Logo of Phnom Penh Post newspaper Phnom Penh Post - CNRP backers' names taken

CNRP backers' names taken

CNRP backers' names taken

Indigenous Jarai people from Ratanakkiri province who attended the opposition’s mass protests in the capital in recent weeks have had their names taken by provincial police, raising concerns that they could face threats and intimidation.

The names of 81 pro-Cambodia National Rescue Party Jarai from O’Yadav, Kounmom and Andong Meas districts who had attended the daily demonstrations in Phnom Penh for the past two weeks had their names recorded on Sunday, Sen Voeurn, deputy police chief of O’Yadav district’s Yatung commune, confirmed yesterday.

But Voeurn claimed it was a benign administrative formality intended to record who was coming in and out of the villages.

“We just want to know when our villagers leave and enter the village,” he said. “They do not tell us. This is our measure, and is not involved with their protest.”

But Romas Svang, a 47-year-old ethnic Jarai and CNRP member in Yatung, said the recording of opposition supporters among the Jarai was an attempt to intimidate them.

“This is a form of … intimidation on us who protest against the government, for a re-election and the resignation of the prime minister,” he said.

“However, we do not feel scared. If we do not protest for change, who will do it for us and who will help us?” he asked.

Pouy Nhor, a villager in Yatung, said that a local police officer named Poy Fen had collected the names.

“Many villagers went to protest in Phnom Penh, and after knowing this, Mr Fen asked for their names. [The police] did that just to threaten us, and this is a violation of our human rights. We have the right to protest,” Nhor said.

The case was reported to the provincial Adhoc office yesterday, CNRP member Svang added.

Chhay Thy, Ratanakkiri coordinator for rights group Adhoc, said that the police had violated the constitutional rights of the villagers.

“Our constitution says that every citizen has full rights and freedom to travel anywhere and they have the right to protest,” he said.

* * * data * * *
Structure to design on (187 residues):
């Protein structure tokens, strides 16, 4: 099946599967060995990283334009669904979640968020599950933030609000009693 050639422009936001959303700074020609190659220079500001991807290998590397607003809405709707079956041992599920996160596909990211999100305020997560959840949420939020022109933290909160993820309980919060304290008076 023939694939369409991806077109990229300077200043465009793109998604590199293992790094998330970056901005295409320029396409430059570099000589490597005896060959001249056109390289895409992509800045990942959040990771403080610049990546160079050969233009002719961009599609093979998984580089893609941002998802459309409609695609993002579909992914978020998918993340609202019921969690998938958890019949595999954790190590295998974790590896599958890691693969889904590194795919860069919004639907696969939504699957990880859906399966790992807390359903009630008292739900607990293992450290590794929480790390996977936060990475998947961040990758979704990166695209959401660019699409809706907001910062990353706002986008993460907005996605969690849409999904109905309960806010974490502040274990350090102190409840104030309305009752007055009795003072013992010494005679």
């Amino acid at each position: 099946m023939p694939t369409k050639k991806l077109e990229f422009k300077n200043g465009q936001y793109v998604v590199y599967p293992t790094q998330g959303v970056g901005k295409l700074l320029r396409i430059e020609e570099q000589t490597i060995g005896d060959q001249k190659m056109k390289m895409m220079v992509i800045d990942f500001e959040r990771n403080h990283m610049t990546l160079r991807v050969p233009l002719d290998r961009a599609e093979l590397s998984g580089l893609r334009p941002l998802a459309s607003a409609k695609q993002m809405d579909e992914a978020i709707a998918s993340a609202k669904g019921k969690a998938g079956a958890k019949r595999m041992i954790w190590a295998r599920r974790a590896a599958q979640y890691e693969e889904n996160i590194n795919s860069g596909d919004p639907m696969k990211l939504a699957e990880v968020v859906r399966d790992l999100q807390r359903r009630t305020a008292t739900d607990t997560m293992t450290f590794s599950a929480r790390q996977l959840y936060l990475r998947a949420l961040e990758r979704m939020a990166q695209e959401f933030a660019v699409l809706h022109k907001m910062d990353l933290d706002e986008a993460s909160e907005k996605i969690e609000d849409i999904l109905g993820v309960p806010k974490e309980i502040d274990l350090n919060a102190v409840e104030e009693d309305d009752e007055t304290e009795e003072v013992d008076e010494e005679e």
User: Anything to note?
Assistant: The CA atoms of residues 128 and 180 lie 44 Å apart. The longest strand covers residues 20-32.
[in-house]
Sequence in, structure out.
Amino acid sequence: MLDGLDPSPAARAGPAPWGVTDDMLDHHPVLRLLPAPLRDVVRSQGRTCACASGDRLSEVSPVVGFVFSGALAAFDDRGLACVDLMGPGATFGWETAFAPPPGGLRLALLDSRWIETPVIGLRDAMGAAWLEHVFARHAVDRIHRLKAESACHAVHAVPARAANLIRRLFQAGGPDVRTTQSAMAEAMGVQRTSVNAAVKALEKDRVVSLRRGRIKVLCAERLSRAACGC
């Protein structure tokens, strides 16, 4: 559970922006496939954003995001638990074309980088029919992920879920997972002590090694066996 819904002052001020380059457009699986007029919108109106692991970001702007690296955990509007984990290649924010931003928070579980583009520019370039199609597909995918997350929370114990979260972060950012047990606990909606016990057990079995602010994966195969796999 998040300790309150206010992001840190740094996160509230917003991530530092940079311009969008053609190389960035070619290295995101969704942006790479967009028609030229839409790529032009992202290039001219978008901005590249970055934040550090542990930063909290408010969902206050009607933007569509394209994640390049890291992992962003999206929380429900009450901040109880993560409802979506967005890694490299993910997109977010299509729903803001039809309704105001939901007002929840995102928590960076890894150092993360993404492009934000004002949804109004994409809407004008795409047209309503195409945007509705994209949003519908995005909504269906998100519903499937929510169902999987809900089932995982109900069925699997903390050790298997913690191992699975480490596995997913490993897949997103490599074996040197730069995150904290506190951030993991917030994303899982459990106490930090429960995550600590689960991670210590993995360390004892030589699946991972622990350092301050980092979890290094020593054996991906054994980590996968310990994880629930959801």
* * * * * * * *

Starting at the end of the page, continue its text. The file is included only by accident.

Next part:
Thy added that he plans to investigate the case next week and send a letter of complaint to the provincial police, asking for the recording of protesters names to be stopped.

MOST VIEWED

  • Serious flooding across country

    The Kampong Speu provincial Committee for Disaster Management on Wednesday issued an alert after non-stop heavy rain caused widespread flooding. In Koh Kong province, authorities are working with the disaster committee and the Cambodian Red Cross to assist those affected after more than 350 homes were

  • CNRP points to King in call for vote boycott

    Leaders of the former Cambodia National Rescue Party (CNRP) have taken a new tack in their call for a boycott of the national elections later this month. They are now claiming that the people should follow the King, who is expected to abide by tradition

  • Actress’s NGO takes heat for promoting the ruling party

    An actress’s NGO which participated in an election campaign event contrary to the Law on Association and Non-Governmental Organisations (Lango) has been slammed. Chorn Chanleakena, a celebrity and the president of the Association of Artists Volunteering to Help Society, allegedly led its members in

  • Troop moves ‘won’t worry people’

    Senior officials at the Ministry of Defence and National Police said on Tuesday that riot training provided to the country’s police forces were aimed at preventing unexpected demonstrations and strikes before and after the July 29 national elections. The troop mobilisation, they said, would not